I am impressed of the decor of the restaurant. It is with class just like the Rinjin Restaurant of Geov Agustin in Bacolod.
The opening of the restaurant is one good thing for me; for everytime I have visitors we pick up at the port or the airport, we find it hard to look for a class restaurant or coffee shop in Victorias.
"Once upon a time there was a man who couldn’t find God. All the people lived on the plains and they were like people everywhere, some bad and some good. A man named John Shayo lived in the valley. He was a faithful Christian and participated in his small Armani Christian community, helping the poor and needy, especially the lepers who lived on the slope. But in the valley itself there was discord, thieves and tricksters walked about openly. There was fighting, witchcraft and lying. Finally John decided to move, saying to himself, "God isn’t here. God is the Unsurpassed Great Spirit who doesn’t like fighting and discord. He wants peace and harmonious relationships in his human family." John saw a mountain in the distance and thought, "ah, God our Great Ancestor must live up there in the quiet and peace. I will go and find God."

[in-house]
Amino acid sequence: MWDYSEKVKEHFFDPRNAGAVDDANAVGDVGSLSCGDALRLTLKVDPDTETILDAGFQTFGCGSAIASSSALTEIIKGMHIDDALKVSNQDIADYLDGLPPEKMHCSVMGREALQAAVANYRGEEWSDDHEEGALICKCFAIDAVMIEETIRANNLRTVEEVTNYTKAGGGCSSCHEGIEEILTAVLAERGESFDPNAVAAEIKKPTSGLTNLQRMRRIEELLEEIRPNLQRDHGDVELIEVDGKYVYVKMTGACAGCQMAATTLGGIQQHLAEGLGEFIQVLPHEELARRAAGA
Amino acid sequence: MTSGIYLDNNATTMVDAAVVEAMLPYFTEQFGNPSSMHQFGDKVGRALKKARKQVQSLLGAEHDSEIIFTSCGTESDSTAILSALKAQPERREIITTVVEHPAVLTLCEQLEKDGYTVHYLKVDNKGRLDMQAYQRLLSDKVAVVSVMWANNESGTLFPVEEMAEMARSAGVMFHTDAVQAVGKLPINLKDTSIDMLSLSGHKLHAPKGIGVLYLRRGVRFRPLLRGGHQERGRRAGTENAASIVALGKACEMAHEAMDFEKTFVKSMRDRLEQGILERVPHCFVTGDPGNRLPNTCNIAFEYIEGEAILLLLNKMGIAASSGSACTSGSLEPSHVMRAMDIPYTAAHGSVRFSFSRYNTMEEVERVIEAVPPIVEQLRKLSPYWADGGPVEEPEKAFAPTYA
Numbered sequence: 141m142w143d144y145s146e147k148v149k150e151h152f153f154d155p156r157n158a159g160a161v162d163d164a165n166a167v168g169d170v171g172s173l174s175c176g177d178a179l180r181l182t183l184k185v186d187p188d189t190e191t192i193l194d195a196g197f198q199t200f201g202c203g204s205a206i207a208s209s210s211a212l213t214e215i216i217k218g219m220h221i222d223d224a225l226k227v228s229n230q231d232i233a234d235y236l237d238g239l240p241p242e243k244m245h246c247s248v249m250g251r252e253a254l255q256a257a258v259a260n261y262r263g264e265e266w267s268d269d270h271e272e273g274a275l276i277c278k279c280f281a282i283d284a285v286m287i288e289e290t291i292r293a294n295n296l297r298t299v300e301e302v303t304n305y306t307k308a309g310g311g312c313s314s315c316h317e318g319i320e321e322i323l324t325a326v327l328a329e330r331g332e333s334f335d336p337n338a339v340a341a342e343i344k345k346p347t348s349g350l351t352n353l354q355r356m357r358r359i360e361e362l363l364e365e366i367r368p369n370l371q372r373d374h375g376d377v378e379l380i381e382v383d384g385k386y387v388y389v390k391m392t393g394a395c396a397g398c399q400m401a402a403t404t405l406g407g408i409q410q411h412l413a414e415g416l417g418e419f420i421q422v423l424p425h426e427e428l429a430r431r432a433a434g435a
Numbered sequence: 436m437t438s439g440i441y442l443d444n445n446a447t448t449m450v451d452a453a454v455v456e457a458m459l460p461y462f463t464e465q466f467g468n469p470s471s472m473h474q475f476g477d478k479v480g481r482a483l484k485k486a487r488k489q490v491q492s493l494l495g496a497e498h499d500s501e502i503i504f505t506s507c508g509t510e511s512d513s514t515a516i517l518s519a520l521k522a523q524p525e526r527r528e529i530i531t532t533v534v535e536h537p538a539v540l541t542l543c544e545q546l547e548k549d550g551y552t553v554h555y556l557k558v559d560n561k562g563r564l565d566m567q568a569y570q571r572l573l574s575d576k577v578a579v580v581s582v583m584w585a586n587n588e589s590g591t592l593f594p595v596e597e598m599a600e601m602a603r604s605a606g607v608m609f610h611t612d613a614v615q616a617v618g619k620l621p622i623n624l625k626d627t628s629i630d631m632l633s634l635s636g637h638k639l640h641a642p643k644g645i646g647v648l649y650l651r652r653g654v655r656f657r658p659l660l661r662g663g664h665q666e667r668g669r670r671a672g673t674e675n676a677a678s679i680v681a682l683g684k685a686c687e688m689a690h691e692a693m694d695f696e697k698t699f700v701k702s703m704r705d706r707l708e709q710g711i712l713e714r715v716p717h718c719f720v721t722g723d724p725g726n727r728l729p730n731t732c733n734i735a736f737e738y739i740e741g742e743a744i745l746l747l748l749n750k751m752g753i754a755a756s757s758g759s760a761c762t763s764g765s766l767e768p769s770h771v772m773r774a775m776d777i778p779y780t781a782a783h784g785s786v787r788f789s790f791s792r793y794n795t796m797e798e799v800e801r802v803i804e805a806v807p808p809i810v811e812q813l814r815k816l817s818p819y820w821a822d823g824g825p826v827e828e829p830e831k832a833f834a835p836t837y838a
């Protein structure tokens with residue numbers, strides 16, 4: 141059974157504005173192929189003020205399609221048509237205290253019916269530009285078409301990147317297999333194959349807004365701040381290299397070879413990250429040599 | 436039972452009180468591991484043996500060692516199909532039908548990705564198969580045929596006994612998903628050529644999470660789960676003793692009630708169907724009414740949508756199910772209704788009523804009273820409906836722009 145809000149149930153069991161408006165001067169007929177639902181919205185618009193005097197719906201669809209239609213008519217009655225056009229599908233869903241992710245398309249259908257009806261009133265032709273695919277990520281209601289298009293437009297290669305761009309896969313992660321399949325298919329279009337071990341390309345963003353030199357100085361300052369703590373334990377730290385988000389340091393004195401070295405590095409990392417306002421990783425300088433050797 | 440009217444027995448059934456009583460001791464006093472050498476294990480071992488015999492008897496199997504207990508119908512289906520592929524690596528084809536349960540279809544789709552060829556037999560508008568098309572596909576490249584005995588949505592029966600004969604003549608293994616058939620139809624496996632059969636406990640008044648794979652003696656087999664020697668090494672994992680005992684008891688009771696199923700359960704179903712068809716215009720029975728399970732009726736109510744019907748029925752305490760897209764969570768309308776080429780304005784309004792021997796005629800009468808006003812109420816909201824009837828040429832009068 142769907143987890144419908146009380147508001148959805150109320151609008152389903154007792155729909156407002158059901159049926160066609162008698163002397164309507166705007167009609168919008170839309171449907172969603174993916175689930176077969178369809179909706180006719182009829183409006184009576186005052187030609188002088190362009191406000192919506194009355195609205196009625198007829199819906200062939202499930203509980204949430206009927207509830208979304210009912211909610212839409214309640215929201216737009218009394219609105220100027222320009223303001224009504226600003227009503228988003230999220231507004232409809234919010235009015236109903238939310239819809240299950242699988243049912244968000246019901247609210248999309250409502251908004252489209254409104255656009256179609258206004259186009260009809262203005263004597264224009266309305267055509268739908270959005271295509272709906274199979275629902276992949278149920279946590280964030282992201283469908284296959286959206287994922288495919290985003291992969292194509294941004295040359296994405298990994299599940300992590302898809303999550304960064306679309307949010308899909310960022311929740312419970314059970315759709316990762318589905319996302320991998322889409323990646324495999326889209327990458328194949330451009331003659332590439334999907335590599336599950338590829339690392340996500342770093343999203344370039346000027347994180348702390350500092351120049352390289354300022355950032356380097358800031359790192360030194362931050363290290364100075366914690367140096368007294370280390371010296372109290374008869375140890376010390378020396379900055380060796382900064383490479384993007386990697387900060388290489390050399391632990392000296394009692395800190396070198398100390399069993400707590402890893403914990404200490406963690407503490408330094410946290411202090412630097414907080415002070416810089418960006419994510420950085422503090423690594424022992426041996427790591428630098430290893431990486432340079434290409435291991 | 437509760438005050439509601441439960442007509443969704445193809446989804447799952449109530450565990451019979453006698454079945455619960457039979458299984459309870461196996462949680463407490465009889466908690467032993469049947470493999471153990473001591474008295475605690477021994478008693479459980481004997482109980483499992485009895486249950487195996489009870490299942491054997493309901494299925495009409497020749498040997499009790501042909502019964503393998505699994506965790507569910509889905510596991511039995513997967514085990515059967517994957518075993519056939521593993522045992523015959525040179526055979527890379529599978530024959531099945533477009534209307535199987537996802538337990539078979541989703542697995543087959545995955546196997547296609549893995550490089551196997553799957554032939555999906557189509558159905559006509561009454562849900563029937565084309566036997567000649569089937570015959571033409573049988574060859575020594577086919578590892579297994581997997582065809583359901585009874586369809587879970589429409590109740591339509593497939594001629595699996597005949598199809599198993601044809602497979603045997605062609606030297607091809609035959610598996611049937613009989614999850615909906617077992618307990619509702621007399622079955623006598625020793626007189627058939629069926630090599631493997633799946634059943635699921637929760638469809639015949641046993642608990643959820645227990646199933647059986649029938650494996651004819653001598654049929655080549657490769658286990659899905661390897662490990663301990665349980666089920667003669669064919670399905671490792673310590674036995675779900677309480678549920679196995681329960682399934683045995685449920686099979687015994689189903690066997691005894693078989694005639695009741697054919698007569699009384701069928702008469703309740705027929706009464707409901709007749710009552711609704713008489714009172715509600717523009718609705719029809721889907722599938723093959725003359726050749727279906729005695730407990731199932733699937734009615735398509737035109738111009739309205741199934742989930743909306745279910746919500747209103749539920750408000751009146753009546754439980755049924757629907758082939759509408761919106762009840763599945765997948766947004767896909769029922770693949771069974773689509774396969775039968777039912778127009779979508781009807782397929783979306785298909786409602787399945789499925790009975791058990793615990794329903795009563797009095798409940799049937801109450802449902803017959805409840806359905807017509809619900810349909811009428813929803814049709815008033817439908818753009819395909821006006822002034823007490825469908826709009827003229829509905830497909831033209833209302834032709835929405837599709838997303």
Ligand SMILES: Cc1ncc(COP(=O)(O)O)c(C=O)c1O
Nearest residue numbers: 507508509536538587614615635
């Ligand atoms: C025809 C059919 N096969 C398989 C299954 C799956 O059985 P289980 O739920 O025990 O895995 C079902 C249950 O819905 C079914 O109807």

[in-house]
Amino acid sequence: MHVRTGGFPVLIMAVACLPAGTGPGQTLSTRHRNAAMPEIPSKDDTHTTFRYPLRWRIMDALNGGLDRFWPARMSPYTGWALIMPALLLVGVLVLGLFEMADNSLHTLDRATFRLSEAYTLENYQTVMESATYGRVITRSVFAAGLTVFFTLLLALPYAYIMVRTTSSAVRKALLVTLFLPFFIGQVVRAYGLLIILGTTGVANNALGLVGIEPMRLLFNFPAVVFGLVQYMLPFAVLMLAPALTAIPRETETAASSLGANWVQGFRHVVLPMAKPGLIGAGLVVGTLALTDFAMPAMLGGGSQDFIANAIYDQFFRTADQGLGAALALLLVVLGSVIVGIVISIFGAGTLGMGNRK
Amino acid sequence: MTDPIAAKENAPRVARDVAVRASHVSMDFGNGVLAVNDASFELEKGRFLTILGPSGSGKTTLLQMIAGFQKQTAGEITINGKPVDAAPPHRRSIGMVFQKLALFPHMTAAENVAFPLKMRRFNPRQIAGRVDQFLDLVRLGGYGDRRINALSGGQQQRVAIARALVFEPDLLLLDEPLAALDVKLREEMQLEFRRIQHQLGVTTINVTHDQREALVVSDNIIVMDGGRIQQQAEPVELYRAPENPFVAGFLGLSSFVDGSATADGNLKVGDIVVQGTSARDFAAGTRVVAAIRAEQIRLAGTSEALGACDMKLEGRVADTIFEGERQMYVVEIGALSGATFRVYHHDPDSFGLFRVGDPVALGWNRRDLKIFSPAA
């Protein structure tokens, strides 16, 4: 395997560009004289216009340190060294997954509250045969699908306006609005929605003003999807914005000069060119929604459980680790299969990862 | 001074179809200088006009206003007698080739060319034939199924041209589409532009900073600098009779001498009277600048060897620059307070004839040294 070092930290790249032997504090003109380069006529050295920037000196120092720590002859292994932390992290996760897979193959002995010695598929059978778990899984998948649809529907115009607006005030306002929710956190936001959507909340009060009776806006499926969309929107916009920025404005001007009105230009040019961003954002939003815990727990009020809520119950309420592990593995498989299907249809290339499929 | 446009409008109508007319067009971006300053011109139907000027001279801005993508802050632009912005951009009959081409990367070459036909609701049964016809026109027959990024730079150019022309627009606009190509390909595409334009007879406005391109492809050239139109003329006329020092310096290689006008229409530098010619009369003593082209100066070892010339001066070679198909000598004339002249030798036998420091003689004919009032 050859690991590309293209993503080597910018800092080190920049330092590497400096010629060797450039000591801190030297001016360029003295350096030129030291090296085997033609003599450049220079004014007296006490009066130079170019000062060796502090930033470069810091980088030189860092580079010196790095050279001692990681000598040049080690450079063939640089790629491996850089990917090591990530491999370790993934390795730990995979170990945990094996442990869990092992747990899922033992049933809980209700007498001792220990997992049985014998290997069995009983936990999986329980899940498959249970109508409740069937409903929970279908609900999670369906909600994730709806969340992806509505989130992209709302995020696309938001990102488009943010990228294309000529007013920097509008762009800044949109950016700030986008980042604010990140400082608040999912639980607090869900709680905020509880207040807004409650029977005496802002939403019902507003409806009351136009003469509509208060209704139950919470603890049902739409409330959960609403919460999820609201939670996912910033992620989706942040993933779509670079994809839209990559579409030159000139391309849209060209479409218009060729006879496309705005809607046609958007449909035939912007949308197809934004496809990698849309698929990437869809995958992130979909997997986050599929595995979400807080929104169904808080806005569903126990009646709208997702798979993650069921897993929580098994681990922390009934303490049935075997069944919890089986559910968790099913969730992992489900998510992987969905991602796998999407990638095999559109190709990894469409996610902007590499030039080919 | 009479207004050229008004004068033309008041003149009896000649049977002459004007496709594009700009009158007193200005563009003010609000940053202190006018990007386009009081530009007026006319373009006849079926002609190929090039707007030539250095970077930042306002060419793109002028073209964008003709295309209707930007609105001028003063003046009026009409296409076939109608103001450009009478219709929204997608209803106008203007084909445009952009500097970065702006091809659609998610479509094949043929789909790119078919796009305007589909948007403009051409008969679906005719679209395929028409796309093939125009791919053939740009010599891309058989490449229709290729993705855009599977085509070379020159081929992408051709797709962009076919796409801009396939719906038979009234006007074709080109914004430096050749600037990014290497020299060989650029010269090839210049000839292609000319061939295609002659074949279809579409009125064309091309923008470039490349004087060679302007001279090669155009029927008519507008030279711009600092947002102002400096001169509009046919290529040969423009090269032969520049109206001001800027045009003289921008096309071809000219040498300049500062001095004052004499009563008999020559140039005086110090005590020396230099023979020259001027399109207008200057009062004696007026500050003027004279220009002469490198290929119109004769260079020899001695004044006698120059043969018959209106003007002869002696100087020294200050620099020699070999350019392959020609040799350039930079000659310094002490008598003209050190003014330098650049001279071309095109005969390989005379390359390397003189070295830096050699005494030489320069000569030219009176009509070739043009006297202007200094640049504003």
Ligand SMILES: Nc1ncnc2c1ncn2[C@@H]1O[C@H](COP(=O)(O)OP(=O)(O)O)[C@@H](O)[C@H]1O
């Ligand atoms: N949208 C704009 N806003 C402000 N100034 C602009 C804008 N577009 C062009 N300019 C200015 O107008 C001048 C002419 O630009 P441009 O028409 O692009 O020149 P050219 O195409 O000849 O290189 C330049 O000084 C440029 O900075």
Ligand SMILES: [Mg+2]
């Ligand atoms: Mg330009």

It took a long time, days and days, until he reached the mountain, and then he undertook the arduous climb in the burning equatorial sun. Late one day he rested by the side of the footpath. He was startled to see a bearded stranger with a staff making his way down the mountain. "Jambo!" they greeted each other. "What is the news?" John told him he was on his way up the mountain to see God the Creator and Source. The traveler said he was on his way down the mountain to live with all the people below. They talked as was the custom and parted with the greeting, "Goodbye until we meet again." As he continued his climb, John thought of the man and admired him. He spoke well. John wondered why he was going down to the valley.